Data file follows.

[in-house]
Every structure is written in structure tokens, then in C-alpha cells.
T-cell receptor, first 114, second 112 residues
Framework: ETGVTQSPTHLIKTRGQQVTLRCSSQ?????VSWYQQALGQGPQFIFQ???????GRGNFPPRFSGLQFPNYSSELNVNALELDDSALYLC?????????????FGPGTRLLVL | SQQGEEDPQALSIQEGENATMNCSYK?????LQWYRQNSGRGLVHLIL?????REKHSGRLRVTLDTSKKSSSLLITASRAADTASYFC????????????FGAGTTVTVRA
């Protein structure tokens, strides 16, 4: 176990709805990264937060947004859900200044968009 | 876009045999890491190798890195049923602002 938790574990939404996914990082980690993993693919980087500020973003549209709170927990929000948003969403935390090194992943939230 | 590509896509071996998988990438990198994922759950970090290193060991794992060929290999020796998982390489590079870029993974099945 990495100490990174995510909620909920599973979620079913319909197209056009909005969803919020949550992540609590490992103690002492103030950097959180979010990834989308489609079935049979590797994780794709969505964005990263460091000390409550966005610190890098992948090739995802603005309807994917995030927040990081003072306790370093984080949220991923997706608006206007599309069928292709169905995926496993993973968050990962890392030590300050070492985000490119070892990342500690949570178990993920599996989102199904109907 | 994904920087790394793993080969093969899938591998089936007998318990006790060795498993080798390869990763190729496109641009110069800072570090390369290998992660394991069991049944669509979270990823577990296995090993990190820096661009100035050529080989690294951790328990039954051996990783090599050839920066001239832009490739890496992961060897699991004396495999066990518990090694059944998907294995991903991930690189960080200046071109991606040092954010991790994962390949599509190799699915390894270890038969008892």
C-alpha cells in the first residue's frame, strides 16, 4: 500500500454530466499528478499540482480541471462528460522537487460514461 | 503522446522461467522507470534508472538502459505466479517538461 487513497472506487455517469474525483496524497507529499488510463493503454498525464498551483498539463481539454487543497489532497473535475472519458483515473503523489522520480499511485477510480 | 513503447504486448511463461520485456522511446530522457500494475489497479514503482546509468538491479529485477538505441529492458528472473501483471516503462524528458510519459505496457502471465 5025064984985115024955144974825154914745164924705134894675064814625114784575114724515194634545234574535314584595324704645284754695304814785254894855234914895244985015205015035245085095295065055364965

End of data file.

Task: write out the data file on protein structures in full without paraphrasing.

[in-house]
Every structure is written in structure tokens, then in C-alpha cells.
T-cell receptor, first 114, second 112 residues
Framework: ETGVTQSPTHLIKTRGQQVTLRCSSQ?????VSWYQQALGQGPQFIFQ???????GRGNFPPRFSGLQFPNYSSELNVNALELDDSALYLC?????????????FGPGTRLLVL | SQQGEEDPQALSIQEGENATMNCSYK?????LQWYRQNSGRGLVHLIL?????REKHSGRLRVTLDTSKKSSSLLITASRAADTASYFC????????????FGAGTTVTVRA
């Protein structure tokens, strides 16, 4: 176990709805990264937060947004859900200044968009 | 876009045999890491190798890195049923602002 938790574990939404996914990082980690993993693919980087500020973003549209709170927990929000948003969403935390090194992943939230 | 590509896509071996998988990438990198994922759950970090290193060991794992060929290999020796998982390489590079870029993974099945 990495100490990174995510909620909920599973979620079913319909197209056009909005969803919020949550992540609590490992103690002492103030950097959180979010990834989308489609079935049979590797994780794709969505964005990263460091000390409550966005610190890098992948090739995802603005309807994917995030927040990081003072306790370093984080949220991923997706608006206007599309069928292709169905995926496993993973968050990962890392030590300050070492985000490119070892990342500690949570178990993920599996989102199904109907 | 994904920087790394793993080969093969899938591998089936007998318990006790060795498993080798390869990763190729496109641009110069800072570090390369290998992660394991069991049944669509979270990823577990296995090993990190820096661009100035050529080989690294951790328990039954051996990783090599050839920066001239832009490739890496992961060897699991004396495999066990518990090694059944998907294995991903991930690189960080200046071109991606040092954010991790994962390949599509190799699915390894270890038969008892």
C-alpha cells in the first residue's frame, strides 16, 4: 500500500454530466499528478499540482480541471462528460522537487460514461 | 503522446522461467522507470534508472538502459505466479517538461 487513497472506487455517469474525483496524497507529499488510463493503454498525464498551483498539463481539454487543497489532497473535475472519458483515473503523489522520480499511485477510480 | 513503447504486448511463461520485456522511446530522457500494475489497479514503482546509468538491479529485477538505441529492458528472473501483471516503462524528458510519459505496457502471465 5025064984985115024955144974825154914745164924705134894675064814625114784575114724515194634545234574535314584595324704645284754695304814785254894855234914895244985015205015035245085095295065055364965